Right. Sit up straight. Pay attention. If you’re like me, you barely made it past the title of the page. I know it’s important for farmers and wildlife and, well, everything, but every time someone starts talking about water management policy my eyes glaze over.

Let’s go through this together. Australia’s economy and environment are at stake. I’m not kidding – the Murray Darling Basin is a big deal. This issue will inform the next election. And because this issue has so many stakeholders,  doesn’t move fast, and doesn’t come with great video footage, it’s frequently slipped off the news. Nevertheless, the Murray Darling Basin Plan has already almost wiped out entire communities like Dirranbandi in Queensland, and could disrupt Australia’s entire system for water management.

Let’s begin with introductions.

Meet the Murray-Darling Basin
The Murray-Darling Basin is Australia’s kitchen sink. It’s a little over a million square kilometres large and has a whole bunch of rivers connected to it. It drains around one-seventh of Australia’sland mass and represents a third of our total agricultural production. It stretches across Queensland, New South Wales, Victoria, South Australia and the ACT.

So who owns all of that water? The State governments? The Federal government? The farmers? Indigenous people? The wildlife and fauna that thrive off the system?
That quagmire has been one of the longest-lasting political headaches in recent Australian political memory, and there’s been almost no time for a Panadol and a lie down. In one of the driest countries on earth, the Murray-Darling Basin is incredibly important to Australia’s welfare. As has been demonstrated in recent years, if legislation around the Murray-Darling Basin is knocked too far in one direction or another, it causes chaos.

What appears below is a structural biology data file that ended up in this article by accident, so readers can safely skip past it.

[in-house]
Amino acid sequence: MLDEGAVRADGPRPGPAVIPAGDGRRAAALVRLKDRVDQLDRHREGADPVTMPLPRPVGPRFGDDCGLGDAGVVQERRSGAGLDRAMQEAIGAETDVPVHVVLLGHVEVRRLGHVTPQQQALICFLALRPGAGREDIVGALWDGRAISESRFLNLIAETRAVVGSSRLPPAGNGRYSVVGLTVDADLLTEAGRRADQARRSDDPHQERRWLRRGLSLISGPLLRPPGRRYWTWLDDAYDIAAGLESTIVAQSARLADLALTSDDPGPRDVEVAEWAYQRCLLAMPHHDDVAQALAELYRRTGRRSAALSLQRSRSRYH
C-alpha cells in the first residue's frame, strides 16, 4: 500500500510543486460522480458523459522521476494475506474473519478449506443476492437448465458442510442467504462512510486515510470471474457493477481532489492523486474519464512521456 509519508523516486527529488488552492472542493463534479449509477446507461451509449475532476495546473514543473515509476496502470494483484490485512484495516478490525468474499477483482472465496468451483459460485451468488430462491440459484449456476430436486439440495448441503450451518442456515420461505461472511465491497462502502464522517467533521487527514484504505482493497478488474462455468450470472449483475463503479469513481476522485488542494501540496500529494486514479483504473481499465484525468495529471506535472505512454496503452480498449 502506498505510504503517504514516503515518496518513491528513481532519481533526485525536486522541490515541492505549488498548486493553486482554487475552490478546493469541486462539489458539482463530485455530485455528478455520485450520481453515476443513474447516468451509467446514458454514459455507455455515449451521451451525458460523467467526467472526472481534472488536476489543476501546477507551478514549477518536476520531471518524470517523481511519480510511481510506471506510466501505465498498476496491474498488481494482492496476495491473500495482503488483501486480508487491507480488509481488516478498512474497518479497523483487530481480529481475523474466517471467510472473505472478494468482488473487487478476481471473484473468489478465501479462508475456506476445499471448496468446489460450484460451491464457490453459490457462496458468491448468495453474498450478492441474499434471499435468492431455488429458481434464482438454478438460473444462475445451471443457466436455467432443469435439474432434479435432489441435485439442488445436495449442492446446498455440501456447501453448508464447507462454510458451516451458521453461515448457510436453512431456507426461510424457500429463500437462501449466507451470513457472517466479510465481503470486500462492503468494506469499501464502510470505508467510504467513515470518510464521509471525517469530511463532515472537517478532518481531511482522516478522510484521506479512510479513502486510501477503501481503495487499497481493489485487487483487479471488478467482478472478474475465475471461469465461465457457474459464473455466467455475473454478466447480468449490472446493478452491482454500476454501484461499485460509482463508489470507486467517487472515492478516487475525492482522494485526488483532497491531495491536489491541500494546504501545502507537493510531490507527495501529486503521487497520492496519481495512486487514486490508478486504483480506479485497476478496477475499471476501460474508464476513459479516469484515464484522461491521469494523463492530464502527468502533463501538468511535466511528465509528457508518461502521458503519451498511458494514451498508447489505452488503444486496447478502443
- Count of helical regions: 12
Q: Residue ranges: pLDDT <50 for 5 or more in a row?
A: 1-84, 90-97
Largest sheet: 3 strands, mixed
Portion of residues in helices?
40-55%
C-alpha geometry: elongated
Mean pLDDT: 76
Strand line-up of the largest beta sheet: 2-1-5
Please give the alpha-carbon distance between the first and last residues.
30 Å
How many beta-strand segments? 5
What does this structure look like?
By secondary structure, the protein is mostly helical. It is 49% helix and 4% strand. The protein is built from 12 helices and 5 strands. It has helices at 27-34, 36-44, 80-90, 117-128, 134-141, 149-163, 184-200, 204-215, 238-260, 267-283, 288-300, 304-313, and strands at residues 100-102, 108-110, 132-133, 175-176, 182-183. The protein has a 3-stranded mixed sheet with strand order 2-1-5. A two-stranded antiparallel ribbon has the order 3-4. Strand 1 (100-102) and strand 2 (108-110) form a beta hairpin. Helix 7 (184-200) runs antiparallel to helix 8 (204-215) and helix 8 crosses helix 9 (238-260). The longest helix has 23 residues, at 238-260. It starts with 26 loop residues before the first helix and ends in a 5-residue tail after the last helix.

How We Got To Now
The Millennium Drought triggered then Prime Minister John Howard to draw up the ‘Water Act’ in 2007. This meant that ten billion dollars went towards a decade-long consultation and negotiation process to reach a national agreement on water use in the Murray-Darling. Basically, the government had been over-generous in its supply of water licenses. When the drought hit, the basin became a lot more dry. There was a need to get water back into the environment.
In 2012, the Murray-Darling Basin Plan was signed by Prime Minister Julia Gillard. It wanted to remove 2,750 gigalitres of water from agriculture and put it back into the system. This time last year, about 2,000 gigalitres had made its way back into the system through government infrastructure improvements and by re-purchasing water licenses. Hoorah.
But that’s not nearly the end of the story.
Buggering Up The Basin
Who would have thought? Things haven’t gone smoothly.
In July of last year, an ABC Four Corners report on the Murray-Darling Basin Plan stirred a hornet’s nest of corruption allegations, triggering the federal government to host an interstate review of the entire plan. Most scathingly, there were allegations of water theft by some farmers, and evidence of tampering with meters to mask how much water farmers were pumping back into the system.
When the review reported back in November of last year, it found that New South Wales and Queensland struggled to comply with the plan due to low resourcing and staffing. Australian Conservation Foundation Director of Campaigns, Dr Paul Sinclair said the report proved that NSW and QLD river compliance was “basically non-existent”. A seperate, internal report from the NSW Government found that NSW’s compliance was ineffectual and required significant and urgent improvement.